World Intellectual Property Organization

WIPO Arbitration and Mediation Center

ADMINISTRATIVE PANEL DECISION

La Quinta Worldwide L.L.C. v. PrivacyProtect.org / Purple Bucquet

Case No. D2010-2088

1. The Parties

The Complainant is La Quinta Worldwide L.L.C. of Nevada, United States of America represented by Lydecker Diaz, United States of America.

The Respondent is PrivacyProtect.org Moergestel, of Netherlands / Purple Bucquet of Panama,Republic of Panama.

2. The Domain Name and Registrar

The disputed domain name <laqunita.com> is registered with Power Brand Center Corp (the “Registrar”).

3. Procedural History

The Complaint was filed with the WIPO Arbitration and Mediation Center (the “Center”) on December 3, 2010. On December 3, 2010, the Center transmitted by email to the Registrar a request for registrar verification in connection with the disputed domain name. On December 6, 2010, the Registrar transmitted by email to the Center its verification response disclosing registrant and contact information for the disputed domain name which differed from the named Respondent and contact information in the Complaint. The Center sent an email communication to the Complainant on December 9, 2010 providing the registrant and contact information disclosed by the Registrar, and inviting the Complainant to submit an amendment to the Complaint. The Complainant filed a first amendment to the Complaint on December 9, 2010 and a second amendment on December 14, 2010.

In the present case the WhoIs search results revealed that the holder of the disputed domain name was PrivacyProtect.org, shielding the identity of the underlying registrant whose name, Purple Bucquet, was disclosed by the Registrar to the Center. It has been held in a number of cases, where the name of a privacy services firm has been used as a shield of the registrant’s identity, that both the holder’s name involving the privacy service provider and the name of the registrant communicated to the Center by the Registrar be properly identified as respondents. In this case, both the name of the privacy service provider, PrivacyProtect.org, and the name Purple Bucquet identified by the Registrar as the registrant, are referred to collectively as the Respondent, in the singular, in the balance of this decision. See Kira Reed Lorsch v. Kirareed.org c/o Host Master, Above.com Domain Privacy and the Transure Enterprise Ltd., WIPO Case No. D2010-0850 and decisions cited therein.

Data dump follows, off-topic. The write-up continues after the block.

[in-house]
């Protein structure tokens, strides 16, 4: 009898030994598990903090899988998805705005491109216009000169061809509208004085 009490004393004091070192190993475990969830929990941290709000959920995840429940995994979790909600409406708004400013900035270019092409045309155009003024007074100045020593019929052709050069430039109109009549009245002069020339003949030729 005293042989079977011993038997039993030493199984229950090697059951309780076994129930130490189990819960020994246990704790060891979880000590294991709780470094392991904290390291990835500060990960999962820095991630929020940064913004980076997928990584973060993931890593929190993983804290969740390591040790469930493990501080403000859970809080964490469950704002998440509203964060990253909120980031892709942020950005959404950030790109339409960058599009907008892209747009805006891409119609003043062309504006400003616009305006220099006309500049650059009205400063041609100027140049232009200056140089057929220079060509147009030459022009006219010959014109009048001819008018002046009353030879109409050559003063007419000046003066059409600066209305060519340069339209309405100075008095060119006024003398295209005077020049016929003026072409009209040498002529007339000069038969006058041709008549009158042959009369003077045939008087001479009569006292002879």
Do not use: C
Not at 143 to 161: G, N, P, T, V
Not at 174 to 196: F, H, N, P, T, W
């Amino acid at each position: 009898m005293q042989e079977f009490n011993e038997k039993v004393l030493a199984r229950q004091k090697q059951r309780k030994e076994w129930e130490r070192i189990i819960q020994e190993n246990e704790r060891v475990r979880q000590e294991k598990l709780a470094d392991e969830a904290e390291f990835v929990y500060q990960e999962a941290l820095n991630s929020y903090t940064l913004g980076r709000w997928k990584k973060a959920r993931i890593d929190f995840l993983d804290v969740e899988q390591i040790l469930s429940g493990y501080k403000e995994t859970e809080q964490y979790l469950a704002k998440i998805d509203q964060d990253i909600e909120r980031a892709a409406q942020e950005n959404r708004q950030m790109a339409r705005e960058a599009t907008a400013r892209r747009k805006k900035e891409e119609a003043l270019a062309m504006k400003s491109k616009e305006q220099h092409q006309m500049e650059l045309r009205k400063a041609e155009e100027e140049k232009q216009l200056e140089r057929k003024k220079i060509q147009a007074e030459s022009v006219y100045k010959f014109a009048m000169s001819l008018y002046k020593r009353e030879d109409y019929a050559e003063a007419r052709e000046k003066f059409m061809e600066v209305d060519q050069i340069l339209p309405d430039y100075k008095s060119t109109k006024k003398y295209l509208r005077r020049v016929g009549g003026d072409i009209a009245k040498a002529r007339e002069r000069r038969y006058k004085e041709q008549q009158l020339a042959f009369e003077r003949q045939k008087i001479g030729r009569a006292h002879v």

The Center verified that the Complaint together with the amendments to the Complaint satisfied the formal requirements of the Uniform Domain Name Dispute Resolution Policy (the “Policy” or “UDRP”), the Rules for Uniform Domain Name Dispute Resolution Policy (the “Rules”), and the WIPO Supplemental Rules for Uniform Domain Name Dispute Resolution Policy (the “Supplemental Rules”).

In accordance with the Rules, paragraphs 2(a) and 4(a), the Center formally notified the Respondent of the Complaint, and the proceedings commenced on December 15, 2010. In accordance with the Rules, paragraph 5(a), the due date for Response was January 4, 2011. The Respondent did not submit any response. Accordingly, the Center notified the Respondent’s default on January 5, 2011.

The Center appointed Joan Clark as the sole panelist in this matter on January 17, 2011. The Panel finds that it was properly constituted. The Panel has submitted the Statement of Acceptance and Declaration of Impartiality and Independence, as required by the Center to ensure compliance with the Rules, paragraph 7.

4. Factual Background

The Complainant asserts ownership of numerous trademarks LA QUINTA, either alone or as part of combination marks in which LA QUINTA is the principal part. The earliest registration for LA QUINTA relied upon by the Complainant was on August 26, 1969 in the United States, and the Complainant asserts that it has owned and operated hotels under its trademark LA QUINTA since 1968.

The disputed domain name <laqunita.com> was registered on August 22, 2000 and is scheduled to expire August 22, 2011.

5. Parties’ Contentions

A. Complainant

The Complainant states that since 1968, for over forty-one years, it has owned and operated its hotels under its trademarked LA QUINTA name, that it has over 65,000 La Quinta hotel rooms, over 9,000 La Quinta employees and operates and provides franchise services to more than 500 hotels in 40 states in the United States and Canada. The Complainant asserts that the Complaint is based on its United States of America and international trademark registrations and applications for the trademark LA QUINTA registered alone and as the prominent part of numerous other marks. The earliest of these registrations was on August 26, 1969.